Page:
Looking back, Francis Jacob thinks she had symptoms of ALS long before she got a diagnosis. But one Sunday in late 2007 stands out as a turning point. "I walked into Sunday school that morning and my voice was garbled and I thought, what in the world have I done? It happened overnight like that," says the 67-year-old Brandon resident.
Thick speech and difficulty swallowing are just two hallmark symptoms of ALS, commonly known as Lou Gehrig's Disease, named after the major league baseball player who brought national attention to the disease when he was diagnosed in 1939.
Jacob, an avid tennis player, noticed not only garbled speech, but also that she was physically weaker. She blamed both problems on worsening rheumatoid arthritis. Doctors suspected she had suffered a stroke, but weren't really sure what was wrong.
But her condition continued to deteriorate. In March of this year she and her husband of 40 years, Jim, went to the Mayo Clinic in Rochester, Minn., seeking answers. By April, Jacob learned it was ALS. "It was as if the sky had fallen," says Jacob.
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ALS, amyotrophic lateral sclerosis, is a degenerative disease that affects nerve cells in the brain and spinal cord. The brain essentially loses the ability to communicate with muscles. The result: progressive weakness in the limbs, trouble speaking, swallowing and, ultimately, breathing. But cognitive function, vision and hearing are not affected. Some ALS patients live for a long time, the most famous example being the British physicist Stephen Hawking. Usually, however, patients live three to five years after diagnosis.
According to the ALS Association, about 30,000 Americans are living with ALS; about 5,600 new cases are diagnosed each year. It can strike at any age, but onset is most common in the 50s. Among younger people, men are more affected, but with age, the gender difference fades.
Because there is no single diagnostic test for ALS, patients often bounce from one doctor to another until they rule out every other possible cause for their symptoms.
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For Stephen Blume's father, the first symptom was slurred speech. "He had a passion for golf," said Blume, who lives in Clearwater.
"So we started asking how many beers he had on the course that day. For months we questioned whether he was drinking too much."
It took six months of testing and doctor visits before the elder Blume was diagnosed at the Mayo Clinic — which also diagnosed Gehrig.
The elder Blume died three years later at the age of 56. "It worked its way all the way down his body. It's a terrible disease," his son said.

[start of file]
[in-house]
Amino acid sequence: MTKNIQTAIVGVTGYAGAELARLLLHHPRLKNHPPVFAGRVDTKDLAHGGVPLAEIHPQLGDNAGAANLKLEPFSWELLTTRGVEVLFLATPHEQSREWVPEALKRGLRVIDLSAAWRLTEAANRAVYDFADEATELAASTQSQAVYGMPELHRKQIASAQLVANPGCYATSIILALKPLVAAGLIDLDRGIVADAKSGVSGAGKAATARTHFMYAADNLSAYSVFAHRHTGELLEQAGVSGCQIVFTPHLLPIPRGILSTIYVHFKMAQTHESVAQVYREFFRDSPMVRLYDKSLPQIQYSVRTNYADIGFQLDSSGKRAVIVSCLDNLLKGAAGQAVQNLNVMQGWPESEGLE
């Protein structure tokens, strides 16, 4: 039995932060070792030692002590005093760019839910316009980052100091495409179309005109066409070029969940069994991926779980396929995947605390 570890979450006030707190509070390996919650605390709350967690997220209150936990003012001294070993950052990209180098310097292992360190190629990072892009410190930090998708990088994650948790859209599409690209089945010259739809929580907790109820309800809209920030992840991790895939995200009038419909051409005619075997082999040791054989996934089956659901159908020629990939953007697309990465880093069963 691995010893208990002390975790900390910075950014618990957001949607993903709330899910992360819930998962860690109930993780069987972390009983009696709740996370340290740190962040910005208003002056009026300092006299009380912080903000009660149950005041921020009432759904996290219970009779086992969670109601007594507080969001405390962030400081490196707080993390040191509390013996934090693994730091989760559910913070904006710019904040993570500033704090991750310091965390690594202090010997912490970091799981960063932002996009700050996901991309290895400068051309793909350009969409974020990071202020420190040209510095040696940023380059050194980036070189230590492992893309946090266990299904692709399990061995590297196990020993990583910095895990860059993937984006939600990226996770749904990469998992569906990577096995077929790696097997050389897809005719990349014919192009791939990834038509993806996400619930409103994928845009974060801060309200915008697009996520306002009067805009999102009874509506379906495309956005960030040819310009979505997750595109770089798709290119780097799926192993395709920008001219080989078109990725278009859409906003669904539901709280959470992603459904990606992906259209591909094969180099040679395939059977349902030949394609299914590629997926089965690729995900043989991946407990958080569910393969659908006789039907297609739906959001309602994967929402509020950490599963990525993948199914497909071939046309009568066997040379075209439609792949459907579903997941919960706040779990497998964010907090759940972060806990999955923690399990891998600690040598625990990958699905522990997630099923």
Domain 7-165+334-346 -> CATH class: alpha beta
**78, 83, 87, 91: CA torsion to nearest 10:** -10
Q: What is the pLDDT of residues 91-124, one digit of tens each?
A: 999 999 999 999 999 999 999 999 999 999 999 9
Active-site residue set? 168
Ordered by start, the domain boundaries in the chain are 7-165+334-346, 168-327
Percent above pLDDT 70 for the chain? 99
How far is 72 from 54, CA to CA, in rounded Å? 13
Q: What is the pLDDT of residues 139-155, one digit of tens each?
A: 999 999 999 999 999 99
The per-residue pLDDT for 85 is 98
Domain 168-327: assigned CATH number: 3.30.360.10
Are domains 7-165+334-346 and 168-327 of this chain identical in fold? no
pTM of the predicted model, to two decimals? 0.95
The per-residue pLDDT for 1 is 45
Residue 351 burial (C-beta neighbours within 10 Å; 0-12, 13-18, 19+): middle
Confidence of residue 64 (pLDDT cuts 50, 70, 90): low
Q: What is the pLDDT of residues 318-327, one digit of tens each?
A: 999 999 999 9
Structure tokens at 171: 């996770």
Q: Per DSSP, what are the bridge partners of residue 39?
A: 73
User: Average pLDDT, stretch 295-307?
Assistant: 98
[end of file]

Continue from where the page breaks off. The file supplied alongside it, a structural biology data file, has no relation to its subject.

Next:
Blume became an active supporter of the ALS Association. And when he heard that the University of South Florida and the local ALS chapter wanted to start a multidisciplinary ALS clinic and research center, he was eager to help.
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The vision at USF was a clinic where patients could see all their specialists in one location, in one day — for example, their neurologist, a physical therapist, a dietitian and a psychologist. Plus patients could enroll in local clinical trials testing new ALS drugs.
Two years ago, after several years of working with the ALS association, USF recruited Dr. Clifton Gooch, a neurologist with decades of ALS experience, from Columbia University to chair its department of neurology and spearhead the effort. The clinic found a home in the Morsani Center for Advanced Healthcare on USF's Tampa campus. Gooch brought in Dr. Tuan Vu to serve as medical director of the new clinic.
The only thing left was to find funding for a nurse coordinator who would manage the day-to-day clinic operations.
"Why didn't you tell me sooner?'' Blume said when he heard of that need. "I'll do that."
Blume, who earned his MBA at USF, and owns his own air-conditioning and plumbing business, donated $100,000. The clinic opened officially on Wednesday.
"With the launch of this clinic, we have a true multidisciplinary ALS treatment and research program at USF," said Gooch. "We expect to see 200 to 300 patients eventually, making us one of the larger ALS programs in the country."
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One of those patients now is Jacob. Her biggest day-to-day frustration is that she can't be understood on the telephone. "I'm an old Southern girl, we love to talk on the phone," she says.
She takes the only FDA-approved drug for ALS, Riluzole, which is not a cure, but temporarily slows the progression of nerve damage and loss of muscle function. Vu says it can also lengthen the life of patients with advanced ALS by three to six months.
Otherwise, treatment consists of managing symptoms like anxiety, depression, and nutrition and breathing problems. Jacob and her husband hold out hope for a new clinical trial Vu says will begin at USF in January. Stem cell therapy also sounds promising to Jacob. "We've got to fight this thing," she says.
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